Alaskaairlines From United States of America, joined Jan 2002, 2054 posts, RR: 15 Posted (11 years 11 months 6 days ago) and read 3639 times:
I was looking through some of the Kai Tak photos and came across this Tyrolean Dash 8 in Kai Tak, how did this make it to HKG? I doubt somebody would charter a Dash 8 from Austria or from any location in Europe, or was there somekind of DeHavilland facility there?
Joe pries From United States of America, joined May 2000, 1957 posts, RR: 53
Reply 3, posted (11 years 11 months 6 days ago) and read 3613 times:
Ivan its one of the worst jobs actually. When I was out in HNL 3 years ago doing a job, some weird Dash 8 came in- i was like what the... -it was an Air Vanatu Dash 8- being ferried from Canada via Oakland to HNL, then I forget what islands down in the Pacific then finally to Vanatu- I b.s'd with the pilot and he told me its "bloody boring" doing these ferry jobs especially props which are slow and take hours to make these trips. At HNL the 2 man crew took a day rest and stayed the night in HNL before leaving in the morning to continue to journey.
T prop From United States of America, joined Apr 2001, 1029 posts, RR: 1
Reply 7, posted (11 years 11 months 5 days 19 hours ago) and read 3533 times:
Yes, sometimes small aircraft are disassembled and sent in a container but then it's being shipped not ferried. As far as air freight, who can afford that? The only aircraft that I have ever seen air freighted other than for the military, was a helicopter. Most times the aircraft are flown, smallest I've seen, and this is in Honolulu, are Cessna 172's and Piper Cadets. Here's a link to an interesting article in the Honolulu Star Bulletin about a pilot ferrying a Piper Cadet.
Radarbeam From Canada, joined Mar 2002, 1310 posts, RR: 4
Reply 8, posted (11 years 11 months 5 days 19 hours ago) and read 3521 times:
No, Cessnas and other light general aviation planes are flow to the buyer's country. So when Cessna gets a new order from some guy in France, they load the plane with extra fuel tanks (and all the vents and vanes that comes with it) An HF radio and the pilot is equipped with top-notch survival equipment. The wet suit the pilot use can keep a man alive in the cold Atlantic waters for 6 hours, there is also an inflatable raft equipped with a roof and an ELT (Emergency Location transmitter). All this comes with a pile of documents that certifies the aircraft to fly with an higher gross weight than in normal operations.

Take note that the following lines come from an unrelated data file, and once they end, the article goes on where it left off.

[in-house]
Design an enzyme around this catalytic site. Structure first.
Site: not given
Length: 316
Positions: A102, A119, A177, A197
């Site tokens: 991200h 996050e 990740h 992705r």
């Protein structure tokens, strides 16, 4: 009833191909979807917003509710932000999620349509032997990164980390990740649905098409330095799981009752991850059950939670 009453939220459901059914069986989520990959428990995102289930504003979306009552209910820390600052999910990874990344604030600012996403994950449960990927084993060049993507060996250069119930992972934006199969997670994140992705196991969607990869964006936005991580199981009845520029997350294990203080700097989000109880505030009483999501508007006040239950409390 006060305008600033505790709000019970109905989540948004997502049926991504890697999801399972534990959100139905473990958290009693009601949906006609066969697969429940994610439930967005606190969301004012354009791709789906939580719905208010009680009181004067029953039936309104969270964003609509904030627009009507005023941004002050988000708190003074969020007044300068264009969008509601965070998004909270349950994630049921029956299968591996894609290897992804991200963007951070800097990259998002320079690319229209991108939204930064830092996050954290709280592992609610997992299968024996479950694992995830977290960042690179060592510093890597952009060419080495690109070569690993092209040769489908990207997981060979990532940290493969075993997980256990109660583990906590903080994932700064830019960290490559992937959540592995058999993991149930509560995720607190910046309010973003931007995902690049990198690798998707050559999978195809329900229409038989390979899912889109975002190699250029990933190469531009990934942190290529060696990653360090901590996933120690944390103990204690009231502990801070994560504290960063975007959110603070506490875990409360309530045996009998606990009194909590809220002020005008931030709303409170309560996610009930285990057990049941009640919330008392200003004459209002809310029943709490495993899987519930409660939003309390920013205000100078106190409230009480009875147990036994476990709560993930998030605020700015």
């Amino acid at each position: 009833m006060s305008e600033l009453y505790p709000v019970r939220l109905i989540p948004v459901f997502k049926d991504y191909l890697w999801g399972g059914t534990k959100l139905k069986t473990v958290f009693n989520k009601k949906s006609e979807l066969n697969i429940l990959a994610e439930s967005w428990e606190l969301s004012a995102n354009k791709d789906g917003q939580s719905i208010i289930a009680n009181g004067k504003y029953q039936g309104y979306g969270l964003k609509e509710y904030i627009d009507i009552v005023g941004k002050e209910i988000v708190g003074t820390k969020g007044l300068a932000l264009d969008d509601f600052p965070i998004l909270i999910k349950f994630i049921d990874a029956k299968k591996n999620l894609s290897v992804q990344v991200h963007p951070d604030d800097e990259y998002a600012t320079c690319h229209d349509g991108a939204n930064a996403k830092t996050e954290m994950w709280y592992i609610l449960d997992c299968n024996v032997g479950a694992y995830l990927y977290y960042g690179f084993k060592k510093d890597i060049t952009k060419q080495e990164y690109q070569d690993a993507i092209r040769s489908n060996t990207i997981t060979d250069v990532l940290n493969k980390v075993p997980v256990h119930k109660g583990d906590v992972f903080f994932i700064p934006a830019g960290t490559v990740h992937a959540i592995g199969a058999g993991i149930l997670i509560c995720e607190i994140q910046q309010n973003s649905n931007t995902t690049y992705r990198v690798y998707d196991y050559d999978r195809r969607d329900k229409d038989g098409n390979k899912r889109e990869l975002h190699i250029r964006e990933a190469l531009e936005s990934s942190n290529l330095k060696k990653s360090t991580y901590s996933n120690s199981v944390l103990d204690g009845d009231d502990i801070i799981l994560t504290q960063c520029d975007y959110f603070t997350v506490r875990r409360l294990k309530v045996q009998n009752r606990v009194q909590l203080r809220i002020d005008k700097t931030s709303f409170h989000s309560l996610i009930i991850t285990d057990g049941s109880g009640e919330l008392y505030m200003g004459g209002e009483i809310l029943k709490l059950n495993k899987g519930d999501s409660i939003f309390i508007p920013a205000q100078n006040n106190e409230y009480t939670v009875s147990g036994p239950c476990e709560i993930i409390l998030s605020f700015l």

After all this is done the plane will fly a northern route, usually taking it up to Labrador or Nunavut (Frosbisher Bay- Iqualuit typically) then the plane will cross into Greenland to land at Sondre Stromfjord (Kangerlussuaq), refuel and go for a flight over Greenland's icecap to Kulusuk which is on the Eastern coast of Greenland. After that a flight over the ocean to reach Keflavik in Iceland, then to either the Faeroe Islands or direct to Scotland. This flight could take anything between a small week to 2 months to complete depending on the weather conditions, which can be unpredictable in that part of the world. The route is typical but sometimes they use other airports.
Sometimes also, if winds are favorable some ferry pilots will choose to go direct.
Then for the return flight, a nice first class airline ticket
Android From Japan, joined Jun 2002, 80 posts, RR: 0
Reply 9, posted (11 years 11 months 5 days 18 hours ago) and read 3509 times:
When the last Dash-8 classic was delivered to Japan (S/N 583- JA803K) to Air Nippon Network(A-net)the ferry route was via Iceland-Greenland-Europe-Mid East- India- Thailand-Taiwan with entry into Japan at Kansai.Takes around 8 days with 2 days for crew rest along the way.The Q400 can usually take the pacific routing(Alaska-Russia). We tried a route across Russia once but it was a nightmare and the fuel quality at some of the airports enroute was questionable.
The Tyrolean airplane was on a demo tour of Asia (leased to Bombardier)most likely demonstrating the NVS when it became standard equipment.Unlike Cessna's Dash-8 's cannot be disassembled for shipping.